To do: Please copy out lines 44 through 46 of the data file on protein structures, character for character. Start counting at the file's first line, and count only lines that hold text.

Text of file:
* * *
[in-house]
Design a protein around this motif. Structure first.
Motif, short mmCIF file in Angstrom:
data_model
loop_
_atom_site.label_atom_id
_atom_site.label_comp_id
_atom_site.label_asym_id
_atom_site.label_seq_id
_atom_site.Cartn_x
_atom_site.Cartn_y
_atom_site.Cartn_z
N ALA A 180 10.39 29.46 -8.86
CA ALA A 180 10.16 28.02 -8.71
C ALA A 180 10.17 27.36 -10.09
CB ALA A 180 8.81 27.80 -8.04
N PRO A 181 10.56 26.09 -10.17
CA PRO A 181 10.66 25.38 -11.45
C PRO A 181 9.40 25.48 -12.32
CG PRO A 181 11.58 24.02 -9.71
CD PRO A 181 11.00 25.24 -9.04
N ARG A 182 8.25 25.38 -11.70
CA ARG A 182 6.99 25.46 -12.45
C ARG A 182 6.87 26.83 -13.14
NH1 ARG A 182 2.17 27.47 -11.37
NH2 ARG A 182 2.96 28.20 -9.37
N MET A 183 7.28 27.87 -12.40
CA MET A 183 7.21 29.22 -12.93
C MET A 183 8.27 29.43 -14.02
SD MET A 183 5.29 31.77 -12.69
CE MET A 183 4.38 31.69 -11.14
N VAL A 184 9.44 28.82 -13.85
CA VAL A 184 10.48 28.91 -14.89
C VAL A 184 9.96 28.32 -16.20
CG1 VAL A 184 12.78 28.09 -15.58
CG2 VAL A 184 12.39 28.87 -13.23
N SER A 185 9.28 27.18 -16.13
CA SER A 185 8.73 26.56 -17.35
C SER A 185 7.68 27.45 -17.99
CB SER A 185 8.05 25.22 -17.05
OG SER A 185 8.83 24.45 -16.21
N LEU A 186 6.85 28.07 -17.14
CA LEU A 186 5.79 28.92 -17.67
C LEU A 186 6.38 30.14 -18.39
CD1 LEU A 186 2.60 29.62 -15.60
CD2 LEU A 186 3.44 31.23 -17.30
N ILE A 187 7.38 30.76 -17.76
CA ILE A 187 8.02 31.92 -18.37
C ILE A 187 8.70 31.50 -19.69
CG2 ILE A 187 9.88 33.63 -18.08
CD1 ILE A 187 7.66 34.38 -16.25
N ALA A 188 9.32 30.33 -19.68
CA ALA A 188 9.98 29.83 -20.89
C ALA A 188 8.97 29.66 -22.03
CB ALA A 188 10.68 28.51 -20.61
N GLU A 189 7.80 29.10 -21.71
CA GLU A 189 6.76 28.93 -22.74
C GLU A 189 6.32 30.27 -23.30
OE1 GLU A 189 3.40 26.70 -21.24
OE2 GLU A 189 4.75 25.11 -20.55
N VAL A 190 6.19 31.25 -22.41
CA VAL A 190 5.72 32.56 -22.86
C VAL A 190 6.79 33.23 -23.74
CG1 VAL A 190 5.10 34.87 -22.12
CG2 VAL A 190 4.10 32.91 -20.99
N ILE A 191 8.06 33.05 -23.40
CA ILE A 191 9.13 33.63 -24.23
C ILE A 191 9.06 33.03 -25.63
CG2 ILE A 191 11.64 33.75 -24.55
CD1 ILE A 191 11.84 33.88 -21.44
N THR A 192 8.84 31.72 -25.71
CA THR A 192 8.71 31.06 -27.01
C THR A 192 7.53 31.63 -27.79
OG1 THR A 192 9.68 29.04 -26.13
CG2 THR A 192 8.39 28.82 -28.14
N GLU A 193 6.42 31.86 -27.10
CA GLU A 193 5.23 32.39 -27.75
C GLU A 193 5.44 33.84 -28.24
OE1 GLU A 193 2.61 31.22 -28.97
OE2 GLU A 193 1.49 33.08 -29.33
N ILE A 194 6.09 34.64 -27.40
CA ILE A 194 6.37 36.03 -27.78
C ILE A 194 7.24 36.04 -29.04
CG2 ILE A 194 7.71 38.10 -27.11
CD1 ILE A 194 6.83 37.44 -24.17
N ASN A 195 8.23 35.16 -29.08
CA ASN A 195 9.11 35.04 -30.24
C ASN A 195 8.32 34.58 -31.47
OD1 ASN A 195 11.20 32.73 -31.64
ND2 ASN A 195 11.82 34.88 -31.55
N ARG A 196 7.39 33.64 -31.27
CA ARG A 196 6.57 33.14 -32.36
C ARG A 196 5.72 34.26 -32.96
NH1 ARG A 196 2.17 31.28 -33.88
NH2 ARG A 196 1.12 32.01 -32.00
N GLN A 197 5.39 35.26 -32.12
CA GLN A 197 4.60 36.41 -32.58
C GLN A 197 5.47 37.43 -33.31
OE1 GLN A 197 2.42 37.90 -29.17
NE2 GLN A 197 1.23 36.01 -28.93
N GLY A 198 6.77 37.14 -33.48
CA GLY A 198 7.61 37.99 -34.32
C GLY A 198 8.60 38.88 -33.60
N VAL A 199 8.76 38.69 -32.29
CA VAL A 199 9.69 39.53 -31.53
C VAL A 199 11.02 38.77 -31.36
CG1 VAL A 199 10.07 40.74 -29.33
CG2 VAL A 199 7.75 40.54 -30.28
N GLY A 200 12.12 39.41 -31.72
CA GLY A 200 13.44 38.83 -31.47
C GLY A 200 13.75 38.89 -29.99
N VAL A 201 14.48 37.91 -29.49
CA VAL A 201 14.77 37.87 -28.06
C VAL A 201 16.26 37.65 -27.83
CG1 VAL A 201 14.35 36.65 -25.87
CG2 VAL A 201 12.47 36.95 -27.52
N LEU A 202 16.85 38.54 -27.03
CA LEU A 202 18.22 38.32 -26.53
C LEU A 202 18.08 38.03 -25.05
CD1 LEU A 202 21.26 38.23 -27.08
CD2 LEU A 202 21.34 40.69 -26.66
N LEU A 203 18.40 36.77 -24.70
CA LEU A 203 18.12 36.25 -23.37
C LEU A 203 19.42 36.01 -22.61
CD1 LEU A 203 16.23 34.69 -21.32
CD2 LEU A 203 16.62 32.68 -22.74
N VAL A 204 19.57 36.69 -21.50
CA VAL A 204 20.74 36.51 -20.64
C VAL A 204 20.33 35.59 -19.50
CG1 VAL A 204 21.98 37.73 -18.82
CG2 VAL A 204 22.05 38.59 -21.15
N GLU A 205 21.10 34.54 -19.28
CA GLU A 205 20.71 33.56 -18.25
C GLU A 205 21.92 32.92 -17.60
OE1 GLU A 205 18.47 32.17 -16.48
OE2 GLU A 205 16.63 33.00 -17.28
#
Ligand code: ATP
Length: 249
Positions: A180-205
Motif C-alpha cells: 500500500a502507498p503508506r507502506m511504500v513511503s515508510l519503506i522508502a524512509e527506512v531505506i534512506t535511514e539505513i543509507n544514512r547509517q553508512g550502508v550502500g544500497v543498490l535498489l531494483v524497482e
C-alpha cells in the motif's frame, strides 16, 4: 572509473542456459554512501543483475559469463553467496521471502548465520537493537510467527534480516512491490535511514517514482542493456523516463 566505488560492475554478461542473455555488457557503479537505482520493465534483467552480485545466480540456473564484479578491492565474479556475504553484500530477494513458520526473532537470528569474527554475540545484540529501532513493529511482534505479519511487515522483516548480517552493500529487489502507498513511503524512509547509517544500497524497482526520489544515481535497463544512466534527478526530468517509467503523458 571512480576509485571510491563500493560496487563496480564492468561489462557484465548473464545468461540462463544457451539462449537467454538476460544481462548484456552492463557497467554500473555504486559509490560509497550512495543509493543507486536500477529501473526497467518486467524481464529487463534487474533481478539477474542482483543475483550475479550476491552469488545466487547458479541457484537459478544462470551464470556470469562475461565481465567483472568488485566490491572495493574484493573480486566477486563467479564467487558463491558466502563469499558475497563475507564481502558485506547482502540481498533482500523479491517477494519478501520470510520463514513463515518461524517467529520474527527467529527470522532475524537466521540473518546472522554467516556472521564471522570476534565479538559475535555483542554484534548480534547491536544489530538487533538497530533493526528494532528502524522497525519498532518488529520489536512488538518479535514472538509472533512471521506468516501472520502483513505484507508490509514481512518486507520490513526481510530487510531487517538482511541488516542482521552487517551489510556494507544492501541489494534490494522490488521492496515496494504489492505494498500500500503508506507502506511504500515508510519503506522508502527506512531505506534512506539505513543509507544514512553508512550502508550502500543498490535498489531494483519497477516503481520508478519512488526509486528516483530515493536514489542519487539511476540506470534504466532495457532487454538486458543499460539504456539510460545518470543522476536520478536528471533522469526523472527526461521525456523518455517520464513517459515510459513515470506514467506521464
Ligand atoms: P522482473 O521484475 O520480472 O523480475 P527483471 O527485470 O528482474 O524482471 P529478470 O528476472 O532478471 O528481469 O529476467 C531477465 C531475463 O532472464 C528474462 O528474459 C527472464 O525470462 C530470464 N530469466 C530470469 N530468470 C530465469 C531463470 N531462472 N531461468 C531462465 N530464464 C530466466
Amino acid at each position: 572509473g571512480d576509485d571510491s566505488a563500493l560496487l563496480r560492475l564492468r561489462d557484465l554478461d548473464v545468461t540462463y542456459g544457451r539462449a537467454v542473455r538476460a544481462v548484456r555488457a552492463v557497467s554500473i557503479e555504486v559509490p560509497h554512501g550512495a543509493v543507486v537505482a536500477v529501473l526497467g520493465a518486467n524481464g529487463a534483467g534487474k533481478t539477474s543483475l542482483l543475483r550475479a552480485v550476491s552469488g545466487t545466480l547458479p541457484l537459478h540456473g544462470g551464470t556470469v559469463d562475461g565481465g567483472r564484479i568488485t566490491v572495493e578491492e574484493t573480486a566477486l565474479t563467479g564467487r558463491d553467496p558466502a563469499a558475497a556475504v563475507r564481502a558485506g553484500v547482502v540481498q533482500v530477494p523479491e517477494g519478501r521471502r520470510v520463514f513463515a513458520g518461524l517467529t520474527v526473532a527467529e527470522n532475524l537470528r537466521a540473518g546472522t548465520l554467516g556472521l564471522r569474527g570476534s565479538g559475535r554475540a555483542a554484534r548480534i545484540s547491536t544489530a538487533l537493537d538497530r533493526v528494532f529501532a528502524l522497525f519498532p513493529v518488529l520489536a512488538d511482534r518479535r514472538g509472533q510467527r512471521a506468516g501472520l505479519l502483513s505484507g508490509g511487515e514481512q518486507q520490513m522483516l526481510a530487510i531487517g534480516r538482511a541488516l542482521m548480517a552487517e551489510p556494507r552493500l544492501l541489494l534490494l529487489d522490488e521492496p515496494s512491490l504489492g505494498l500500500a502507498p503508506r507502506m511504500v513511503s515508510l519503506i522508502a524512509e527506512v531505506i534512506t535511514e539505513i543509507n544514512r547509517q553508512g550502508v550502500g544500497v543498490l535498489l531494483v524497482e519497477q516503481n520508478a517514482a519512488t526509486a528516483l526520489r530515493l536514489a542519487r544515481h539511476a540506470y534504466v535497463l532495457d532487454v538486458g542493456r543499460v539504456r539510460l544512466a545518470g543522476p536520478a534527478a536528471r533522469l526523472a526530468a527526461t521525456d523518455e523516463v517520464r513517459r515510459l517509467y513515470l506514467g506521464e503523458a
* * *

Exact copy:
C LEU A 186 6.38 30.14 -18.39
CD1 LEU A 186 2.60 29.62 -15.60
CD2 LEU A 186 3.44 31.23 -17.30